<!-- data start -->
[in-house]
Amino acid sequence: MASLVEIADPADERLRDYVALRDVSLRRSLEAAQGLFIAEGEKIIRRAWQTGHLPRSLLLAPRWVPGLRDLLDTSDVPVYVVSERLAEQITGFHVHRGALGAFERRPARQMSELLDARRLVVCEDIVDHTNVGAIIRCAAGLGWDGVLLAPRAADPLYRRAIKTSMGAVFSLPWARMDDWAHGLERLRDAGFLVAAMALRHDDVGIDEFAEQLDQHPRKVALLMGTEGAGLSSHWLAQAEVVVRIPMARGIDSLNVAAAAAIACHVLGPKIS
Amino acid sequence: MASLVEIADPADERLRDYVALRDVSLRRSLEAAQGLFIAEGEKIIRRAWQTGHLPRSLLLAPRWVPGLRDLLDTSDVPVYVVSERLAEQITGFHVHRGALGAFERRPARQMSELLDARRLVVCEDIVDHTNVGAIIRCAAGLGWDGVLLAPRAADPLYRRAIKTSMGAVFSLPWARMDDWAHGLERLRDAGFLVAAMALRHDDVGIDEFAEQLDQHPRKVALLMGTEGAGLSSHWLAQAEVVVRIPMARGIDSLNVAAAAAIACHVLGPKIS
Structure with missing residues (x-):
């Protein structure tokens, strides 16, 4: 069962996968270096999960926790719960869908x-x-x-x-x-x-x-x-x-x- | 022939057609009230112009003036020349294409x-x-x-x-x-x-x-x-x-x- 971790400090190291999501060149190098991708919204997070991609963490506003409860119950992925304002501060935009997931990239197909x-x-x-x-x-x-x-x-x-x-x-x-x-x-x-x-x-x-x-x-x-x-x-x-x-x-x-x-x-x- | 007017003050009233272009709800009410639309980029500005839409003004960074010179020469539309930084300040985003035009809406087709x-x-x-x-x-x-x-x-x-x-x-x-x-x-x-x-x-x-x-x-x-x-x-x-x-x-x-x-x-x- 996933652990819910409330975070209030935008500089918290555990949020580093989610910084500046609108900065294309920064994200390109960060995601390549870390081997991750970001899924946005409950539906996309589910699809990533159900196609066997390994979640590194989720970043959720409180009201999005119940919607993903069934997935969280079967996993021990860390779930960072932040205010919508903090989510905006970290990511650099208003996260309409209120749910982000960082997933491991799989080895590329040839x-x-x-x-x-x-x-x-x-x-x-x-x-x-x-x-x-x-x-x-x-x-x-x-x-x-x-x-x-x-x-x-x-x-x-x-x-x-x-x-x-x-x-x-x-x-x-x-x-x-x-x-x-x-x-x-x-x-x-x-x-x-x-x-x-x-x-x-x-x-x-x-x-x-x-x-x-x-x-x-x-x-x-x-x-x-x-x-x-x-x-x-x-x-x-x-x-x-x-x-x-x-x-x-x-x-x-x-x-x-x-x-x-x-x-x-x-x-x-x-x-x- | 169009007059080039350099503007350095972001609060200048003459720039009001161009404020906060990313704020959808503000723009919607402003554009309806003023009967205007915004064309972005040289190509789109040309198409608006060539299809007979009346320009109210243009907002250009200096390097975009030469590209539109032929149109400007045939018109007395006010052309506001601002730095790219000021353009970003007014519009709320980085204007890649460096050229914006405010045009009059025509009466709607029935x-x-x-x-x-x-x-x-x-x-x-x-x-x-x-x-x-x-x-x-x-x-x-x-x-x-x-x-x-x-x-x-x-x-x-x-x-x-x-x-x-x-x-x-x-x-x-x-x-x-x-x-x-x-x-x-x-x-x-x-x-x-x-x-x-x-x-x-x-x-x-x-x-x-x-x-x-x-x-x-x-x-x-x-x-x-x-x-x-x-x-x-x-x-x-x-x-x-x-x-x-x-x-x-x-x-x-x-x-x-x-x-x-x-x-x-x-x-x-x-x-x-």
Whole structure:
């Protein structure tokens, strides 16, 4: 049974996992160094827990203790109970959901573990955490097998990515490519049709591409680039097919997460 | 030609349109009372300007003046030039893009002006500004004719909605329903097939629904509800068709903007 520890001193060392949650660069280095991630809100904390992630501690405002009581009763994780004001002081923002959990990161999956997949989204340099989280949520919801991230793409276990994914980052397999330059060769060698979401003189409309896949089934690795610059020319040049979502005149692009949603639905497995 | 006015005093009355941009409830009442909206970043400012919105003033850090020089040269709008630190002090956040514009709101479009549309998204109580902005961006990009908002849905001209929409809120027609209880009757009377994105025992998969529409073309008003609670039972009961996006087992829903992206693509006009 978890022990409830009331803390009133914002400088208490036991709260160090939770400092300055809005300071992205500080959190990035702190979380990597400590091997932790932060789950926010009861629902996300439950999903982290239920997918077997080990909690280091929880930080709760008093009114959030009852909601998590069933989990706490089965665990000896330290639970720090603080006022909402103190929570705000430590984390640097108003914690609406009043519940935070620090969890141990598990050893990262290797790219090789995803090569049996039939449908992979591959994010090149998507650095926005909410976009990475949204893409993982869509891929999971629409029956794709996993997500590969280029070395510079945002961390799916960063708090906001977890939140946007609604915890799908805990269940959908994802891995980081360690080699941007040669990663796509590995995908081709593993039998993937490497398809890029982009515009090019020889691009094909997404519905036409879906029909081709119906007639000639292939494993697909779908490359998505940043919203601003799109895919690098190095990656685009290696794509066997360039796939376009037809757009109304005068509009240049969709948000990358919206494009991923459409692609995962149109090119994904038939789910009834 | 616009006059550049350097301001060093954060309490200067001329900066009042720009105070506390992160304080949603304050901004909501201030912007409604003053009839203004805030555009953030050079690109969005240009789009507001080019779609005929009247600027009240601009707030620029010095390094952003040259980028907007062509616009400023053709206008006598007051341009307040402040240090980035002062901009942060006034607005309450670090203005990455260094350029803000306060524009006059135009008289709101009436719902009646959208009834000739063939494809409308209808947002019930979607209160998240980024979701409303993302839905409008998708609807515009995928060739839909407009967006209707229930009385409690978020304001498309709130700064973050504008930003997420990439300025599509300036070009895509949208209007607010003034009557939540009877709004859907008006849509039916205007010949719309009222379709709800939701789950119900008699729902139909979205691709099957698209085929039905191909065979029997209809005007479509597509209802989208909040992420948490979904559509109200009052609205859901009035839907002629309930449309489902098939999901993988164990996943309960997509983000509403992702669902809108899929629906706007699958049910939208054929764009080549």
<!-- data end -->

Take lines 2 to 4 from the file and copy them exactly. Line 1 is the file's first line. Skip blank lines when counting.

Amino acid sequence: MASLVEIADPADERLRDYVALRDVSLRRSLEAAQGLFIAEGEKIIRRAWQTGHLPRSLLLAPRWVPGLRDLLDTSDVPVYVVSERLAEQITGFHVHRGALGAFERRPARQMSELLDARRLVVCEDIVDHTNVGAIIRCAAGLGWDGVLLAPRAADPLYRRAIKTSMGAVFSLPWARMDDWAHGLERLRDAGFLVAAMALRHDDVGIDEFAEQLDQHPRKVALLMGTEGAGLSSHWLAQAEVVVRIPMARGIDSLNVAAAAAIACHVLGPKIS
Amino acid sequence: MASLVEIADPADERLRDYVALRDVSLRRSLEAAQGLFIAEGEKIIRRAWQTGHLPRSLLLAPRWVPGLRDLLDTSDVPVYVVSERLAEQITGFHVHRGALGAFERRPARQMSELLDARRLVVCEDIVDHTNVGAIIRCAAGLGWDGVLLAPRAADPLYRRAIKTSMGAVFSLPWARMDDWAHGLERLRDAGFLVAAMALRHDDVGIDEFAEQLDQHPRKVALLMGTEGAGLSSHWLAQAEVVVRIPMARGIDSLNVAAAAAIACHVLGPKIS
Structure with missing residues (x-):